Robbing ATMs with specialized hardware is not new. What is new is using the manufacturer’s own software to facilitate the attacks. Ars Technica reports, “Crooks Have Acquired Proprietary Diebold Software to ‘Jackpot’ ATMs.” Say, doesn’t Diebold also make voting machines? Perhaps there are some things that should not be automated.

Jackpotting is a technique in which thieves convince an ATM to spit out cash, sometimes as quickly as 1.7 bills per second. One way to achieve this is to attach a hacking device, or “black box,” to the machine, either by physically breaking into the machine’s face or connecting to its network cables. Not surprisingly, these attacks usually occur on outdoor ATMs. (Another way is by breaking in and swapping out the machine’s hard drive. Then there is the email route: malware is unwittingly installed by a network admin after a successful phishing attempt.) Black boxes mimic the machine’s internal software with a laptop or using Raspberry Pi or Arduino hardware. Now, some thieves are leveraging Diebold’s own proprietary code against it. An advisory from the manufacturer states:

“Some of the successful attacks show a new adapted Modus Operandi on how the attack is performed. Although the fraudster is still connecting an external device, at this stage of our investigations it appears that this device also contains parts of the software stack of the attacked ATM. … The investigation into how these parts were obtained by the fraudster is ongoing. One possibility could be via an offline attack against an unencrypted hard disc.”

For now, most of these attacks appear to be occurring in Europe, particularly on the ProCash 2050xs USB model. It could be worse. Reporter Dan Goodin observes:

“The new attack variation described by Diebold is both good and bad news for consumers. On the one hand, there’s no indication thieves are using their recently acquired software stack to steal card data. The bad news is that attackers appear to have their hands on proprietary software that makes attacks more effective. The recent increase in successful jackpotting ultimately results in higher fees, as financial institutions pass on the costs caused by the losses.”

The write-up concludes with Diebold’s advice to avoid falling victim to a hacked ATM—stick to ATMs at major banks, shield the keypad while entering your PIN, and review each bank statement for suspicious activity. And Diebold “security”? Well.

Cynthia Murrell, August 16, 2020

Spearphishing: The Pursuit of an Elusive Dorsey?

August 5, 2020

I read “Twitter Says Hack Targeted Employees Using Spearphishing.” Yep, spearphishing. That’s jargon for sending a person email and using words to obtain access. Here’s what a digital spear gun looks like:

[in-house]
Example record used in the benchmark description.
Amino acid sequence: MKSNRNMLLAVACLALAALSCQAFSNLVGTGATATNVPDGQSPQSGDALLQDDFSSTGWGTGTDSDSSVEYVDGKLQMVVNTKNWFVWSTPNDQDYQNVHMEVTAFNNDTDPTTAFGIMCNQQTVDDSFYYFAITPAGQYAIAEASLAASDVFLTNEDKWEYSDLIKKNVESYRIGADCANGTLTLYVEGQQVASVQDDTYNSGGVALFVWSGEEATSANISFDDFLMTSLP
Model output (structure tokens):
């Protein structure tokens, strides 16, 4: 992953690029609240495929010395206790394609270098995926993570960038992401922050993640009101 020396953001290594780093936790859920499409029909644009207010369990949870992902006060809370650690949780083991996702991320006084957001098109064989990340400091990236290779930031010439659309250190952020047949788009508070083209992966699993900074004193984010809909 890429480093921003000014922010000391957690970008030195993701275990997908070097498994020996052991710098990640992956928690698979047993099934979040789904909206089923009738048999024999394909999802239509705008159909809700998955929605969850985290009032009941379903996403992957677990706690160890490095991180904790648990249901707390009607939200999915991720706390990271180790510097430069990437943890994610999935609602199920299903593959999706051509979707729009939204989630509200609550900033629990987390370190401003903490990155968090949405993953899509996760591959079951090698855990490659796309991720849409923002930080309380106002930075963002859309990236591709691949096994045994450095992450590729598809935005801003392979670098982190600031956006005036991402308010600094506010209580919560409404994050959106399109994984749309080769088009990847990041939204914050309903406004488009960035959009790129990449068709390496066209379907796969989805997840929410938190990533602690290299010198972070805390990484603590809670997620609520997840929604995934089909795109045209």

Click away.

The write up states:

Twitter said in a security update late Thursday that the July 15 incident by bitcoin scammers stemmed from a “spear phishing” attack which deceived employees about the origin of the messages.

A bad actor, allegedly a teen, jumped in the digital ocean, carrying a mobile phone and a digital spear fishing device:


Once the target was in sight, the teen released the pointy digital stream.

The result?

The remarkable Dorsey fish appears to have been targeted by the teen.


High-tech? The write up reports:

John Dickson of the security firm Denim Group said the latest disclosure does not necessarily suggest a sophisticated attack from a nation-state. “They conned people over the phone,” Dickson said, saying it may have been possible to find targets through research on LinkedIn or Google. “This is like the original hackers from the 1980s and 1990s; they were very good at conning people and getting them to give their credentials.”

Has the Dorsey fish been beached? Did the Dorsey fish swim away? Did the Dorsey fish notice the digital attack?

No answers which satisfy DarkCyber have been forthcoming. There’s no visual evidence of the succulent Dorsey fish being steamed and served to the Twitter Board of Directors:


Looks tasty. Speared phish steamed for two minutes and then sautéed with cyber veggies.

Stephen E Arnold, August 5, 2020

European Union Tries Panenka to Score Against Encrypted Data

July 31, 2020

Let’s assume this write up is accurate: “EU Plans to Use Supercomputers to Break Encryption But Also Wants Platforms to Create Opportunities to Snoop on End-to-End Communications.”

The “going dark” argument is not moving fast enough for European Union regulators. The fix is a “decryption platform.” The idea is to decrypt certain messages. The interesting part of the tactic is summarized in this passage:

Internet service providers such as Google, Facebook and Microsoft are to create opportunities to read end-to-end encrypted communications. If criminal content is found, it should be reported to the relevant law enforcement authorities. To this end, the Commission has initiated an “expert process” with the companies in the framework of the EU Internet Forum, which is to make proposals in a study. This process could later result in a regulation or directive that would force companies to cooperate.

The article points out:

There’s no way to “create opportunities” to read end-to-end encrypted communications without weakening the latter.

Worth monitoring the idea and its implementation and its opportunities.

Stephen E Arnold, July 31, 2020